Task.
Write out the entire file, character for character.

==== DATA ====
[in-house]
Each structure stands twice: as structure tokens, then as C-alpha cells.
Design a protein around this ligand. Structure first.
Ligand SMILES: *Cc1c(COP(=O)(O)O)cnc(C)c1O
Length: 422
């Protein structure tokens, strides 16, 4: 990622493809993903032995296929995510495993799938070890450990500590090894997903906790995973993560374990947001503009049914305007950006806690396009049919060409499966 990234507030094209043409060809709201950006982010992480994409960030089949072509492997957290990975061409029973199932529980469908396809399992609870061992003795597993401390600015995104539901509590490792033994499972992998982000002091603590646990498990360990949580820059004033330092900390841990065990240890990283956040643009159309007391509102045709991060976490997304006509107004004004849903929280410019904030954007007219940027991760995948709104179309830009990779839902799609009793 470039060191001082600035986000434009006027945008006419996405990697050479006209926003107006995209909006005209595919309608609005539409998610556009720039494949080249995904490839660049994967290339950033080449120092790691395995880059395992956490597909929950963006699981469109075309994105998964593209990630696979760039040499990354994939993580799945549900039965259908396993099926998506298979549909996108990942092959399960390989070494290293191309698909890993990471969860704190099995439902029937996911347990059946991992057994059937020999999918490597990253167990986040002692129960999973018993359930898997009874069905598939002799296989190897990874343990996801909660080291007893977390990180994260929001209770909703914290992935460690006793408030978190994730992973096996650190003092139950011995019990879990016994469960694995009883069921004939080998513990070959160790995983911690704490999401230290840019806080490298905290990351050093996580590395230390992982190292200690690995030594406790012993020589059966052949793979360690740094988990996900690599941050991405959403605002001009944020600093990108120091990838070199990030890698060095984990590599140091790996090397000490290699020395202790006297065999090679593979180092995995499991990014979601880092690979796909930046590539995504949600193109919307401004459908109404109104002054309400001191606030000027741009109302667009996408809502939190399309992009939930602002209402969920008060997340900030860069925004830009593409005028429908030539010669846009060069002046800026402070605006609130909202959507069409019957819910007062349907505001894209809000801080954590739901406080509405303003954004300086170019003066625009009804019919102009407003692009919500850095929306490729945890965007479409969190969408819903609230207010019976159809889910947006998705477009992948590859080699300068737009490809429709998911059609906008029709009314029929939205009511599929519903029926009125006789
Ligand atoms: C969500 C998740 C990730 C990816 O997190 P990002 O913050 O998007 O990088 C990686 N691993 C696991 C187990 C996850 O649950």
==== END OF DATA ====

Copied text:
[in-house]
Each structure stands twice: as structure tokens, then as C-alpha cells.
Design a protein around this ligand. Structure first.
Ligand SMILES: *Cc1c(COP(=O)(O)O)cnc(C)c1O
Length: 422
């Protein structure tokens, strides 16, 4: 990622493809993903032995296929995510495993799938070890450990500590090894997903906790995973993560374990947001503009049914305007950006806690396009049919060409499966 990234507030094209043409060809709201950006982010992480994409960030089949072509492997957290990975061409029973199932529980469908396809399992609870061992003795597993401390600015995104539901509590490792033994499972992998982000002091603590646990498990360990949580820059004033330092900390841990065990240890990283956040643009159309007391509102045709991060976490997304006509107004004004849903929280410019904030954007007219940027991760995948709104179309830009990779839902799609009793 470039060191001082600035986000434009006027945008006419996405990697050479006209926003107006995209909006005209595919309608609005539409998610556009720039494949080249995904490839660049994967290339950033080449120092790691395995880059395992956490597909929950963006699981469109075309994105998964593209990630696979760039040499990354994939993580799945549900039965259908396993099926998506298979549909996108990942092959399960390989070494290293191309698909890993990471969860704190099995439902029937996911347990059946991992057994059937020999999918490597990253167990986040002692129960999973018993359930898997009874069905598939002799296989190897990874343990996801909660080291007893977390990180994260929001209770909703914290992935460690006793408030978190994730992973096996650190003092139950011995019990879990016994469960694995009883069921004939080998513990070959160790995983911690704490999401230290840019806080490298905290990351050093996580590395230390992982190292200690690995030594406790012993020589059966052949793979360690740094988990996900690599941050991405959403605002001009944020600093990108120091990838070199990030890698060095984990590599140091790996090397000490290699020395202790006297065999090679593979180092995995499991990014979601880092690979796909930046590539995504949600193109919307401004459908109404109104002054309400001191606030000027741009109302667009996408809502939190399309992009939930602002209402969920008060997340900030860069925004830009593409005028429908030539010669846009060069002046800026402070605006609130909202959507069409019957819910007062349907505001894209809000801080954590739901406080509405303003954004300086170019003066625009009804019919102009407003692009919500850095929306490729945890965007479409969190969408819903609230207010019976159809889910947006998705477009992948590859080699300068737009490809429709998911059609906008029709009314029929939205009511599929519903029926009125006789
Ligand atoms: C969500 C998740 C990730 C990816 O997190 P990002 O913050 O998007 O990088 C990686 N691993 C696991 C187990 C996850 O649950």